In the conclusions of his report on the 1906 Grantham disaster the Board of Trade Inspector discounted a problem with brake control as the likely, or even as a possible, cause of the accident.  Nevertheless, it has since become generally accepted that the accident resulted from failure to properly connect and test the automatic brake at Peterborough immediately prior to the train’s departure.  It also seems certain that a running brake test, which should have been conducted once the train got under way, either was not implemented or had been insufficiently rigorous to identify a serious lack of brake effectiveness.

It’s remarkable how comparable the circumstances were in Scotland last August.  By good fortune, and through the availability of modern communication systems, a tragic outcome was avoided that morning.  During the enquiry the evidence of the driver and the other members of the train crew, along with comprehensive data logging, enabled the sequence of events which led to the incident to be identified with certainty.

Conversely, following the 1906 Grantham disaster, in which the footplate crew were killed (along with 12 others) and most of the train was severely damaged by impact and fire, there was little hard evidence to prove or dispute the several theories put forward.  If only GNR Atlantic No. 276 could have been equipped with an On Train Data Recorder!

The recently published report can be found on the RAIB website here.

Thanks to Phil Mason of the Grantham Railway Society for making us aware of the report.


(December 2019)

In his column in the current (December 2019) issue of The Railway Magazine Consultant Editor Nick Pigott has picked up on a striking similarity between the most likely cause of the disaster at Grantham on the night of 19th September 1906, when 14 lives were lost, and the lead-up to an alarming incident which took place at Edinburgh Waverley station on 1st August this year.

In both cases the locomotive had been attached at an intermediate stop on the train's journey.  Each train then seriously overran its next stopping point, apparently because the train's braking system was not properly connected to the locomotive.

In the Grantham 1906 accident the overrunning train derailed at high speed on a junction which began 135 yards beyond the platform.  Fortunately, at Edinburgh in 2019 the train involved was brought to a stand using a manually activated emergency system without collision or derailment, having travelled 650 metres beyond its intended stopping point.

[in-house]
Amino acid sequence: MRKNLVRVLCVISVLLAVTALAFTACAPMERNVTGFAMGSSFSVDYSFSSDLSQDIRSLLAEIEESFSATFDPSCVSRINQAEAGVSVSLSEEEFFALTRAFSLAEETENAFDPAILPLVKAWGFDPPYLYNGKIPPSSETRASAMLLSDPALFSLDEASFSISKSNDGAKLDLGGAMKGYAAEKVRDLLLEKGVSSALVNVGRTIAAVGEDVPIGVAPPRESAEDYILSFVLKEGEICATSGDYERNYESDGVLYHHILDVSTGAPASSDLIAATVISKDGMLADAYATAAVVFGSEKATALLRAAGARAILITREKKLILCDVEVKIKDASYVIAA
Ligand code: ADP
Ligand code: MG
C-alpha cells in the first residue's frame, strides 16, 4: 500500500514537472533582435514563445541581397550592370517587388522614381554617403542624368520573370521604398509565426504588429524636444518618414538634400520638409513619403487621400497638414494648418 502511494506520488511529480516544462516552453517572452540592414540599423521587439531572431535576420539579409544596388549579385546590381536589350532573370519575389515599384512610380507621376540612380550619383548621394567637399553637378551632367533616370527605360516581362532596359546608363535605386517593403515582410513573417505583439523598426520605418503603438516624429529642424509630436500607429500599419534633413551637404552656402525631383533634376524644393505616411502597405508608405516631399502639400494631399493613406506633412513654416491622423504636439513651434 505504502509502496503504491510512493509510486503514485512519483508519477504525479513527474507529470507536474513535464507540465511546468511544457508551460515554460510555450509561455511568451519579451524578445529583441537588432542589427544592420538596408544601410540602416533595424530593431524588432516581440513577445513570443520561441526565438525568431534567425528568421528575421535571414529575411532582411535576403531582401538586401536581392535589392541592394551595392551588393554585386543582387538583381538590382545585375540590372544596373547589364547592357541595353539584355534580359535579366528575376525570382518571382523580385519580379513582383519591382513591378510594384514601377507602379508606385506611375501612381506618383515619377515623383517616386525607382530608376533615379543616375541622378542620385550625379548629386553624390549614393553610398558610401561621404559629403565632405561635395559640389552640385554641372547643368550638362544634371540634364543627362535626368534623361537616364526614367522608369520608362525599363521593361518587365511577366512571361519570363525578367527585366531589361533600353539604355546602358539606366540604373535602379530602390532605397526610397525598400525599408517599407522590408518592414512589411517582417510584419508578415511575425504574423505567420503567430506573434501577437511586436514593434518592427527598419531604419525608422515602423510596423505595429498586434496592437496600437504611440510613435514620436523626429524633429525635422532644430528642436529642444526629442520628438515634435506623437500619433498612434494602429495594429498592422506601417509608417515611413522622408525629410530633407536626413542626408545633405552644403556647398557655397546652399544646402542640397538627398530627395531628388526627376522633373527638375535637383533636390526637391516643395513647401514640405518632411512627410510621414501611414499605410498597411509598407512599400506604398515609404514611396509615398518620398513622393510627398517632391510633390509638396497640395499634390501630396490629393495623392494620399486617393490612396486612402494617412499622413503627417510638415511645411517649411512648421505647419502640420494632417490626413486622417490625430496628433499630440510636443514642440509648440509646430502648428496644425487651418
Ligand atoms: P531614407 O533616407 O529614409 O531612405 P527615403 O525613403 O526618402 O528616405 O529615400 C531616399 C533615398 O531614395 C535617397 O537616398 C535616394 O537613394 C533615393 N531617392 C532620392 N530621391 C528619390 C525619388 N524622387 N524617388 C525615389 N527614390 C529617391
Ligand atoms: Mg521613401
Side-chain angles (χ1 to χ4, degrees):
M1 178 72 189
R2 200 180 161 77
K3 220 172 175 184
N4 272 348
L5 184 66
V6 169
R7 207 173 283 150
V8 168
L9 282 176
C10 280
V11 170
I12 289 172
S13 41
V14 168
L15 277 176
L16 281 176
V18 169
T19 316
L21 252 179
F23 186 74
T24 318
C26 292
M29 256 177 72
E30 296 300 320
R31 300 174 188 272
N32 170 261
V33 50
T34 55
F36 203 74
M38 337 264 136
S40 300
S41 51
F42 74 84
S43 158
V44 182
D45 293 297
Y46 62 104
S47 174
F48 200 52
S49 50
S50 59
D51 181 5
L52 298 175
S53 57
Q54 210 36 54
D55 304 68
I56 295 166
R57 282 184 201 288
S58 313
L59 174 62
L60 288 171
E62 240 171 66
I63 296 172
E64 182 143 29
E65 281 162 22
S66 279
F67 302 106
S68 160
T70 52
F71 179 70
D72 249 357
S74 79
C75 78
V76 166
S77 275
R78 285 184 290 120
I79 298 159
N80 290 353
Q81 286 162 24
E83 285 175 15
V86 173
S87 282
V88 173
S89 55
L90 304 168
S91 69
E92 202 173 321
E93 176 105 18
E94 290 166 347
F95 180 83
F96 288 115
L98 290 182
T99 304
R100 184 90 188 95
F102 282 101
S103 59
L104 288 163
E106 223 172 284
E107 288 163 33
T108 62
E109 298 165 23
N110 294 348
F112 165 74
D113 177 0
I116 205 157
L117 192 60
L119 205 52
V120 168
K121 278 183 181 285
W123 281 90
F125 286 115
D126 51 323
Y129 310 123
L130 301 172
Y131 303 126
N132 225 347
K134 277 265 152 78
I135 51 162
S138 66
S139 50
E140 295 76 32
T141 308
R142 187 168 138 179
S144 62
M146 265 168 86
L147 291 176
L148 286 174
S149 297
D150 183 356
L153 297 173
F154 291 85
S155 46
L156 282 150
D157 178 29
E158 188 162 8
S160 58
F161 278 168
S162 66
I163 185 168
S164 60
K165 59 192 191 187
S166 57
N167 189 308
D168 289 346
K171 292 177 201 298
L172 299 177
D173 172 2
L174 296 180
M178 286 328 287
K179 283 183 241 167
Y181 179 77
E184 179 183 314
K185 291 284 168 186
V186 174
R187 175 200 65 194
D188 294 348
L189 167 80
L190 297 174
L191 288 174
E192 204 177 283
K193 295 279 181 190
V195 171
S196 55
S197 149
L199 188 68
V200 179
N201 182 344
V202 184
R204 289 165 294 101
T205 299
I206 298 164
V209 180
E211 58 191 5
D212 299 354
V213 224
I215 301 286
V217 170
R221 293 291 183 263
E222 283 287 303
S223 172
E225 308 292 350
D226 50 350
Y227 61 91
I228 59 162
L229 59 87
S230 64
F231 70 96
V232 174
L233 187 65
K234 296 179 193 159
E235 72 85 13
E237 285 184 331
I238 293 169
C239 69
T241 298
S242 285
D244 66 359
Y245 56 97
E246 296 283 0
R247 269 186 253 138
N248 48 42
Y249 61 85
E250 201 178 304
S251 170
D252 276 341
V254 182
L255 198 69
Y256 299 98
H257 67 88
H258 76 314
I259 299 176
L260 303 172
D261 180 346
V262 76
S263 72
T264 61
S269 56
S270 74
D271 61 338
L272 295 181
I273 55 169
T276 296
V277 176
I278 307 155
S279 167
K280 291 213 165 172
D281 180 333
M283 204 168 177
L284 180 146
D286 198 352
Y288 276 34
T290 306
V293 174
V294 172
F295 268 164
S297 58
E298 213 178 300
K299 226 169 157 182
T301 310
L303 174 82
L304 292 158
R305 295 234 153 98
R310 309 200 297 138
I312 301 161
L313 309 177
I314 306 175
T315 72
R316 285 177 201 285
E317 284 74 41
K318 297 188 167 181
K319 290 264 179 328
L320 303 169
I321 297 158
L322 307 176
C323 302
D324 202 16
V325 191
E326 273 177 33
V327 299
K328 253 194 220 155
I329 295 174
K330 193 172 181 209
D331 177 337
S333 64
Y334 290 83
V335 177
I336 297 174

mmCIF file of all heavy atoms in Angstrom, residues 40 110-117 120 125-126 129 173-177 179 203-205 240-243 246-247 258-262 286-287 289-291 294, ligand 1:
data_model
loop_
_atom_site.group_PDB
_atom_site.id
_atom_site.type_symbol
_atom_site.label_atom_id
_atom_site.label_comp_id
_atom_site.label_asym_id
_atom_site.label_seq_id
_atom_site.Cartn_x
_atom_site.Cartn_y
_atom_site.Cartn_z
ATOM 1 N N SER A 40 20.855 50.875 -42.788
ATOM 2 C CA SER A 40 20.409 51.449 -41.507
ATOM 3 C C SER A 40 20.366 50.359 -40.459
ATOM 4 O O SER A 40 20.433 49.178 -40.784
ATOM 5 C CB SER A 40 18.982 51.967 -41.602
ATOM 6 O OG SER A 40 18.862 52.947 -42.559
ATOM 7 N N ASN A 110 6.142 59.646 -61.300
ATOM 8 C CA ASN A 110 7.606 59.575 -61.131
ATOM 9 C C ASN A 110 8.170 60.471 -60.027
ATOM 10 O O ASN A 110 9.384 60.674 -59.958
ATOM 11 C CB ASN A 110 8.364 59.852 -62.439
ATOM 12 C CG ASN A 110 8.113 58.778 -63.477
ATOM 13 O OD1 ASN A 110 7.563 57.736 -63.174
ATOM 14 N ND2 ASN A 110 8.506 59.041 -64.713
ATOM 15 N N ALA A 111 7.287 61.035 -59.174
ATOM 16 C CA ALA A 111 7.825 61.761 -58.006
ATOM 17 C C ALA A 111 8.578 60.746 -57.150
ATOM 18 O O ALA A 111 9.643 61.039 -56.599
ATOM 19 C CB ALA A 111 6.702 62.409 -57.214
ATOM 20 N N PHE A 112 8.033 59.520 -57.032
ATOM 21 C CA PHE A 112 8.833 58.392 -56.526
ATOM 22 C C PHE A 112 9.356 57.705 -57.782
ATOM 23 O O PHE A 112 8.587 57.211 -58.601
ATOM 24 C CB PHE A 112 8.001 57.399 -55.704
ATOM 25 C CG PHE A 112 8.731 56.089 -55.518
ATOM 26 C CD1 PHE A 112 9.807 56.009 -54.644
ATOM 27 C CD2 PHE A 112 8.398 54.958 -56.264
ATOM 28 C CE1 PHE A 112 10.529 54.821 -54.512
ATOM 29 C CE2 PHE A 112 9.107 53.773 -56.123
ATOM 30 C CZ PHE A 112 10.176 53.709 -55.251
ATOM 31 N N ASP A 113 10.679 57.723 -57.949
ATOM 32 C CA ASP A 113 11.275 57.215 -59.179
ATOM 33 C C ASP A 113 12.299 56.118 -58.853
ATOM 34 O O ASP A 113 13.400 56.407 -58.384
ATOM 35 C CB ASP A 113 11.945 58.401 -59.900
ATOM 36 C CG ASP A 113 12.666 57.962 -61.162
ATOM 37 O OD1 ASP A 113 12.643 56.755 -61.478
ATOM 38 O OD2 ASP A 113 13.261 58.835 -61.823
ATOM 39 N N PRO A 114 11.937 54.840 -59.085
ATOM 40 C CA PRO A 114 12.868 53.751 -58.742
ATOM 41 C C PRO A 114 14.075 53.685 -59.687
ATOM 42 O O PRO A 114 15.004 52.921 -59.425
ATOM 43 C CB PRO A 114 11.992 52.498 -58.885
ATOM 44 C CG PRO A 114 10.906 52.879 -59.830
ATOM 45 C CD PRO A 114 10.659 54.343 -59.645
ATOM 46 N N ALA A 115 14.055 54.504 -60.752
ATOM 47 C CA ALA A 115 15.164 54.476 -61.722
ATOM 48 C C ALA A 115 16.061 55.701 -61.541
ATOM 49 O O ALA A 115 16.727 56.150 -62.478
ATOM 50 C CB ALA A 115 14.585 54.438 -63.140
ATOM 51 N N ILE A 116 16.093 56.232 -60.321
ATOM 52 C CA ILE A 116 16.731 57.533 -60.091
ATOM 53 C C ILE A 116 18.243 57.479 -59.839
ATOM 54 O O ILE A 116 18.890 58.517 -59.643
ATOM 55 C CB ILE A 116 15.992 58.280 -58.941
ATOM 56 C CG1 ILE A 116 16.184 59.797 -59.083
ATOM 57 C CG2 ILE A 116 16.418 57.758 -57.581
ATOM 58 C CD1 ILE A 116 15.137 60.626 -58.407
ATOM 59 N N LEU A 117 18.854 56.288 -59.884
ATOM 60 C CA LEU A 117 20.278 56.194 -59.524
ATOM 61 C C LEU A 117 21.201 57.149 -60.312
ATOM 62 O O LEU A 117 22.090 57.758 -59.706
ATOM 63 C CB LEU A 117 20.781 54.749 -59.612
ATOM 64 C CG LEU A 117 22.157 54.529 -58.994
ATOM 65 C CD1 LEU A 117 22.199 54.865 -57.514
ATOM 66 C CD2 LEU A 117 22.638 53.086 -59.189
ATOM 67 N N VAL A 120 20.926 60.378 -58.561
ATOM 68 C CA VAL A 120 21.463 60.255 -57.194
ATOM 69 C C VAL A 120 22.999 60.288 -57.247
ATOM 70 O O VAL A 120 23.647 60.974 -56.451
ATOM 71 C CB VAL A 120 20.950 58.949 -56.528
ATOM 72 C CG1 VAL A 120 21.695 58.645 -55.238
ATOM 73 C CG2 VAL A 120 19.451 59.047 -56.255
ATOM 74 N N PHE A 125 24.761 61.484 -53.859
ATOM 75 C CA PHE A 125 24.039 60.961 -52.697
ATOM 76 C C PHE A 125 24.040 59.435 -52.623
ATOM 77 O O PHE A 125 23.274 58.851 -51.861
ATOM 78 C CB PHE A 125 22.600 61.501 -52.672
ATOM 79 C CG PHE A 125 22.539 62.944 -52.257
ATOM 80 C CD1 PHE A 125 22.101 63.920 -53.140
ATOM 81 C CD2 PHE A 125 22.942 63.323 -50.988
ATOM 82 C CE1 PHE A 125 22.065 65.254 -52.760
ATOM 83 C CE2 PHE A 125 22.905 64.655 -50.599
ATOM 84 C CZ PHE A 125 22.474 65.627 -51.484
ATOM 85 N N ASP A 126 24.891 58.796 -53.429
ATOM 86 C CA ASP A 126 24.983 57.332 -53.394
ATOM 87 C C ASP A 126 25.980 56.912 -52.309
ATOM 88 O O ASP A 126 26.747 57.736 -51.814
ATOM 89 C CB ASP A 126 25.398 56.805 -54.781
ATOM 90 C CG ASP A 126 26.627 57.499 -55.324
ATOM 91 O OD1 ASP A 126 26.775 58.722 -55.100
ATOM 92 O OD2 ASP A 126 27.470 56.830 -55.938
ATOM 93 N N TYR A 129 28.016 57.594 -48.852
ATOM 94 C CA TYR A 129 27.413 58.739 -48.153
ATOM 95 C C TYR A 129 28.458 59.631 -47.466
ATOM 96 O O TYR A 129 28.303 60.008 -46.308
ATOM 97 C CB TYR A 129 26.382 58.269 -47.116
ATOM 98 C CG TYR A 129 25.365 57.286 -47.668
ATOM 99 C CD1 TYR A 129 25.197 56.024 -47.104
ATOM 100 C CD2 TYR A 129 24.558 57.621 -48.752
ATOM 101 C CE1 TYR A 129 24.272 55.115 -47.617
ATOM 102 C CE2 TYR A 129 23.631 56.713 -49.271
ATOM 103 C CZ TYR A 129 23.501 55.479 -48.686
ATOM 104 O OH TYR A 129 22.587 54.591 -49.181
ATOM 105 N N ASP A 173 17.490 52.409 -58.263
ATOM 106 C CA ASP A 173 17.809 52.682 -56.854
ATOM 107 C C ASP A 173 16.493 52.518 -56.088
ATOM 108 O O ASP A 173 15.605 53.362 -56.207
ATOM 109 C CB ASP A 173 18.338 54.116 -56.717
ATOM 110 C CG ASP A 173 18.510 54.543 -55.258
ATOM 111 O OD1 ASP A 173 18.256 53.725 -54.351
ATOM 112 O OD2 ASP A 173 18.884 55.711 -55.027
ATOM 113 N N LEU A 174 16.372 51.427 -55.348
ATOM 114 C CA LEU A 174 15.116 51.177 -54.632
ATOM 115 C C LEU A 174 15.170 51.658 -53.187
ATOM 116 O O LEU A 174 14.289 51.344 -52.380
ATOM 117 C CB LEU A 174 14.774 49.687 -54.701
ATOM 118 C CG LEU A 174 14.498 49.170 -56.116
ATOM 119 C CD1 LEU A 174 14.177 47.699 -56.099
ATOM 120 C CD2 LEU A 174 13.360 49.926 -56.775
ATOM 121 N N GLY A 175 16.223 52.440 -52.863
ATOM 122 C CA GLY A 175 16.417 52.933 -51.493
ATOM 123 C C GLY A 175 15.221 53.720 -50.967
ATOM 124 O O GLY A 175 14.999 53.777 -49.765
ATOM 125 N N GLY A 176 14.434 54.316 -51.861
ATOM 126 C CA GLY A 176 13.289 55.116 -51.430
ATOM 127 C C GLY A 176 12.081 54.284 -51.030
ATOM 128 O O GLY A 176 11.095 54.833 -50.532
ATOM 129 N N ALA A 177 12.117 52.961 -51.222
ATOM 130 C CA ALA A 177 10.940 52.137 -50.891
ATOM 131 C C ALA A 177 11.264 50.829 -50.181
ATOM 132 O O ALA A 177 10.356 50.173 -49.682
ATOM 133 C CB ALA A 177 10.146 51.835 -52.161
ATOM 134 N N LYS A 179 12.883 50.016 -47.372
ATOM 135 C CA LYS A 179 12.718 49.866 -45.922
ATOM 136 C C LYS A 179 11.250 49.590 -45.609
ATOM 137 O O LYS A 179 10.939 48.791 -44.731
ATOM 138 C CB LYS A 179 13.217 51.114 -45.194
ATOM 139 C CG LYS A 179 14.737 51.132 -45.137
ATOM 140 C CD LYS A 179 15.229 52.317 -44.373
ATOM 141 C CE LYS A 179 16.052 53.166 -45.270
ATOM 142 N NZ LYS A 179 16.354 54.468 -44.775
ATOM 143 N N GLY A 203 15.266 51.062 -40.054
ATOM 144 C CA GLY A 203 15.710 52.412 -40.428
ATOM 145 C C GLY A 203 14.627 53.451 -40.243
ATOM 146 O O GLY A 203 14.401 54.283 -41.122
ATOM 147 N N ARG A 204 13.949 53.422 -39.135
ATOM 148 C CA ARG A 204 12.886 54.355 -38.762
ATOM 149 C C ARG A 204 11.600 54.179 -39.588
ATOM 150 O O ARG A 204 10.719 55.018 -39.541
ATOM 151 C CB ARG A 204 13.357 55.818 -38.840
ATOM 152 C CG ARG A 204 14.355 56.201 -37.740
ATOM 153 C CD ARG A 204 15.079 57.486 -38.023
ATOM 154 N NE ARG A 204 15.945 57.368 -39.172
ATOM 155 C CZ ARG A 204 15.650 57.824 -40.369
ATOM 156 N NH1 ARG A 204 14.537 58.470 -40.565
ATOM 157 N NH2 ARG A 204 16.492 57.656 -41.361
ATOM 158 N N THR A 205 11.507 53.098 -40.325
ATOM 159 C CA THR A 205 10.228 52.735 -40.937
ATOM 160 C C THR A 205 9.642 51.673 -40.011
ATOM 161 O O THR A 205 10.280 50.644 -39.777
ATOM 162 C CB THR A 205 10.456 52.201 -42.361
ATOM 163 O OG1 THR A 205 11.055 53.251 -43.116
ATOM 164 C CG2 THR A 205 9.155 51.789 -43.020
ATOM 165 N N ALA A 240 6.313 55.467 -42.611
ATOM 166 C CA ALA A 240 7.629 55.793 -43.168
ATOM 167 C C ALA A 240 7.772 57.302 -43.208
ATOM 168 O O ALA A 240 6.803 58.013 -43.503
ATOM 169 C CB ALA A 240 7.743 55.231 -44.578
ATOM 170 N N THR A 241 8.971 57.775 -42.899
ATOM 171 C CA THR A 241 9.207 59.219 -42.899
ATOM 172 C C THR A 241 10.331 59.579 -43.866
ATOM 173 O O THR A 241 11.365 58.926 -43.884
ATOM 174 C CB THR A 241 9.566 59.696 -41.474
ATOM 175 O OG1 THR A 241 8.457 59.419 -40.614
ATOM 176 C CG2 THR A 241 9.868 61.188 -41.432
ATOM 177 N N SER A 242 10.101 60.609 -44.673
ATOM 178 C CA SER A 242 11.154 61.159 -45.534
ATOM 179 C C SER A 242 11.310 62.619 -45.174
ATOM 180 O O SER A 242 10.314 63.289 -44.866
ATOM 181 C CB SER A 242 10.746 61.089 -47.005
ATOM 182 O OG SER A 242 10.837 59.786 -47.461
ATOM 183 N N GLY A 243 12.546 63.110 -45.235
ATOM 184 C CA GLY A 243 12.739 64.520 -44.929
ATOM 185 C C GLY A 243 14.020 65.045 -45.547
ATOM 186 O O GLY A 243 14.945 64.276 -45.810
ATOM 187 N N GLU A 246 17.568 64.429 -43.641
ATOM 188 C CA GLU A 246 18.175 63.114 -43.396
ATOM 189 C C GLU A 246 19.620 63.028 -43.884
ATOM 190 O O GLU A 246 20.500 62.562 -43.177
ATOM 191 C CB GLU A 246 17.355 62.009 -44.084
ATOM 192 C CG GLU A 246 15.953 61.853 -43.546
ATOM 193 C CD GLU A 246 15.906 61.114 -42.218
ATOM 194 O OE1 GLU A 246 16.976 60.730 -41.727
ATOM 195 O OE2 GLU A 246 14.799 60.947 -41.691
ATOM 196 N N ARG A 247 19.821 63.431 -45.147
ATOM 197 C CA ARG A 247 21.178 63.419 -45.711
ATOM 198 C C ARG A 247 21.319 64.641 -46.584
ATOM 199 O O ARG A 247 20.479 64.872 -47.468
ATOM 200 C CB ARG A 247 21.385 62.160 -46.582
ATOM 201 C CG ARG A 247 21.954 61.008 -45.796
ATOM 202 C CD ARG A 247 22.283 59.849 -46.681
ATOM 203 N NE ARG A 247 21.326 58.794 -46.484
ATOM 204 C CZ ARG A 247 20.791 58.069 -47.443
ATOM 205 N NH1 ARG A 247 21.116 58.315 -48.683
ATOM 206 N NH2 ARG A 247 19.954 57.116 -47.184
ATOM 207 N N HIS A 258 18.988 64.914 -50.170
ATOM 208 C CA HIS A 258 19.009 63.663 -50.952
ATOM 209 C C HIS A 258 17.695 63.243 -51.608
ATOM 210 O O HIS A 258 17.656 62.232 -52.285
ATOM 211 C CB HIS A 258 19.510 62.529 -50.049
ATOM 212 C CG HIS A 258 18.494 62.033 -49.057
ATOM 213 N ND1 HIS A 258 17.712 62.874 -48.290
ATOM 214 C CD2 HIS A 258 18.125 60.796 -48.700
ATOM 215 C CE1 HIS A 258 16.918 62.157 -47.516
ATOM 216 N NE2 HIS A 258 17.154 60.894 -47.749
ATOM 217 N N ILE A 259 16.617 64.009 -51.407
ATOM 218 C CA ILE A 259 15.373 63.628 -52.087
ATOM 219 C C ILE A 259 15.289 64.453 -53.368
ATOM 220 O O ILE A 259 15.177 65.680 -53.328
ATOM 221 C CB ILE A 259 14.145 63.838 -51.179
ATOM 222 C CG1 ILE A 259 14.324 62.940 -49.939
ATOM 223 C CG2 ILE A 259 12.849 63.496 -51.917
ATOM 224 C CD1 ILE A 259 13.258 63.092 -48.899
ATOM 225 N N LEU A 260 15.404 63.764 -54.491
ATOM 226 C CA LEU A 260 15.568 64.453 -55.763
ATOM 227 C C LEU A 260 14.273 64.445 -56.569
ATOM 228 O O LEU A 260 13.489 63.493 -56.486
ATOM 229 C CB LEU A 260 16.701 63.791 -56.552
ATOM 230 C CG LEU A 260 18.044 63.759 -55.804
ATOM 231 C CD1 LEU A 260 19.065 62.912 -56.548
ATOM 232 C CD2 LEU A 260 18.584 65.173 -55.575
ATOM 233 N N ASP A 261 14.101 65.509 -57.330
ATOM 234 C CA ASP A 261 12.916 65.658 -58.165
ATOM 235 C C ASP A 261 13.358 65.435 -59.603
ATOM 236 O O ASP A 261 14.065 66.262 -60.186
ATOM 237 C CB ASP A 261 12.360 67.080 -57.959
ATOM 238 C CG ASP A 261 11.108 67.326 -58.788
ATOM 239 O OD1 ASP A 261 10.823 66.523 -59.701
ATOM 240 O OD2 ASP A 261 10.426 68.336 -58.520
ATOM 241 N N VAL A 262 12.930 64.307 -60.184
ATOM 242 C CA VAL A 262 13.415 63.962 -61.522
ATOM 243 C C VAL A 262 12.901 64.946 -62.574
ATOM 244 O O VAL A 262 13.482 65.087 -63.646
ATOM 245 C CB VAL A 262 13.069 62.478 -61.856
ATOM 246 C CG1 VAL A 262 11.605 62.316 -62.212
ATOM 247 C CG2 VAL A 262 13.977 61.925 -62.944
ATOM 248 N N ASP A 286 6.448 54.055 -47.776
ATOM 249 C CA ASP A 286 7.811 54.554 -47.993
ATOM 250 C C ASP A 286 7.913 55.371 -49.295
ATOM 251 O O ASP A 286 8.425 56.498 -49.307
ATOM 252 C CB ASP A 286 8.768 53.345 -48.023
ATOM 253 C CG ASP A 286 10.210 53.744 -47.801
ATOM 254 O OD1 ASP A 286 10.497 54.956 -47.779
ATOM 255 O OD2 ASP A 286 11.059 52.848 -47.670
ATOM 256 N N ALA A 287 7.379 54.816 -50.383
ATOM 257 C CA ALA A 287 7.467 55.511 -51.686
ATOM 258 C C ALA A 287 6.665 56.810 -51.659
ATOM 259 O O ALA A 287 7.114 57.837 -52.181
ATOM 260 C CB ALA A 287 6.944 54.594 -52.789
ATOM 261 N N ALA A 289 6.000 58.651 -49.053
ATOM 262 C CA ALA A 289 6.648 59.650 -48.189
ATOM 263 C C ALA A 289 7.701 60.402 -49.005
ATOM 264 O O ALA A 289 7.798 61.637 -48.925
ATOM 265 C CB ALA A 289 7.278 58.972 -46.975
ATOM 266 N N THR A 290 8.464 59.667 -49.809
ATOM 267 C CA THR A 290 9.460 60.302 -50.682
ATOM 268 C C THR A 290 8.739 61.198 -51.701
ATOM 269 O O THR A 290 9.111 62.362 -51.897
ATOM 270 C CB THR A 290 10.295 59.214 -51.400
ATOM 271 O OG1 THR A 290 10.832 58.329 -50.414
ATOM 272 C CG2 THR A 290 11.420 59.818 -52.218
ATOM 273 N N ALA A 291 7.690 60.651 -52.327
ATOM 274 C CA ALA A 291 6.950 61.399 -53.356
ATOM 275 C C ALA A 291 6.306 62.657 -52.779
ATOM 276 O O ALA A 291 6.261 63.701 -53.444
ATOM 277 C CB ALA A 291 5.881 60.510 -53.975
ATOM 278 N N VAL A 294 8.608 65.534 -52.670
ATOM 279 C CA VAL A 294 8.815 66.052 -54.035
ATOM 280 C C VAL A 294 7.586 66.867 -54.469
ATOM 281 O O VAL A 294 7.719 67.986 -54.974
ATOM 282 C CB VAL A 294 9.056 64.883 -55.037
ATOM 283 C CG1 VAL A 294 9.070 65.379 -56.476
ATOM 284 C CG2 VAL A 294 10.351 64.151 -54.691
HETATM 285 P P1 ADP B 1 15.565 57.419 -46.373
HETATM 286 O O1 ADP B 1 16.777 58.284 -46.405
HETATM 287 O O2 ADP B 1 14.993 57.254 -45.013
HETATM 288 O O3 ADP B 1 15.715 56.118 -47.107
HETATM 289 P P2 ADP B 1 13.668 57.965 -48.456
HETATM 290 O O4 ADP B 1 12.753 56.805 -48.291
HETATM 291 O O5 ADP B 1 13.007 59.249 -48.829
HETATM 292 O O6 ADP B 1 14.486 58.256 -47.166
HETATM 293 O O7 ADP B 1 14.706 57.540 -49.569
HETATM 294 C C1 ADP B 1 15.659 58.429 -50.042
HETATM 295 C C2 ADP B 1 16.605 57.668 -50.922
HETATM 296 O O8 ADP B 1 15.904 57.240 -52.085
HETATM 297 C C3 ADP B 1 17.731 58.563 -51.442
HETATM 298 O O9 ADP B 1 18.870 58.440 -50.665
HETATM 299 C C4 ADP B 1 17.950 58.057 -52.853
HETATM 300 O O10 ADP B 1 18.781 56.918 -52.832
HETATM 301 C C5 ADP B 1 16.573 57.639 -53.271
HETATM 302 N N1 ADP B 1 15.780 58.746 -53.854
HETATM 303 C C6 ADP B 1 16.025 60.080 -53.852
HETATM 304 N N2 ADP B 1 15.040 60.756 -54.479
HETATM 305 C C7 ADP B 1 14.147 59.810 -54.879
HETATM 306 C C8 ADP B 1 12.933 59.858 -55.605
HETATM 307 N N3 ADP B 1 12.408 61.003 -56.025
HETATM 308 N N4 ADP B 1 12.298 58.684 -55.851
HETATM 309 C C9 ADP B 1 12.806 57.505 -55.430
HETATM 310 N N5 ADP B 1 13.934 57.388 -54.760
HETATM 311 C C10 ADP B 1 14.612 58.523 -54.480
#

Further reading:

Our latest article has just been published on the TTG website.  Steve Philpott takes us back to 15th December 2019 with his personal account of the final day of booked L.N.E.R. HST operation on the East Coast Main Line (ECML) through Grantham.

You can read more of this article here.

Bob Balchin's been in touch about a fascinating collection of stories which might help to entertain us when we run out of - or get fed up with - DIY and gardening tasks etc.  Called Real Railway Tales, it's a compilation of about 60 short accounts of railway people, places and incidents contributed from across the country and edited by two men who can each draw upon extensive careers on the railway.

Here's a description:

Running a railway is a complex business, constantly throwing up drama, misadventure and the unexpected.  Geoff Body and Bill Parker have collated a rich selection of railwaymen's memories and anecdotes to create an enjoyable book of escapades and mishaps, illustrating the daily obstacles faced on the railways, from handling the new Eurostar to train catering, nights on the Tay Bridge to rail 'traffic cops', and from mystery derailments to track subsidence.  However interesting the infrastructure of the large and varied railway business may be, the real heart of this great industry lies in its people, the complex jobs they occupy and the dedicated way in which they carry them out.

For us on Tracks through Grantham there's a story called Highdyke, describing the operation of the ironstone branch from Stainby and Sproxton, and another titled The Denton Branch.

About half the book, including the Highdyke chapter, can be accessed on the internet here.  To see the rest you would need to either purchase or borrow a copy.  Options include a buying Kindle version.  The original paperback edition is currently available from several online second-hand booksellers.

John Clayson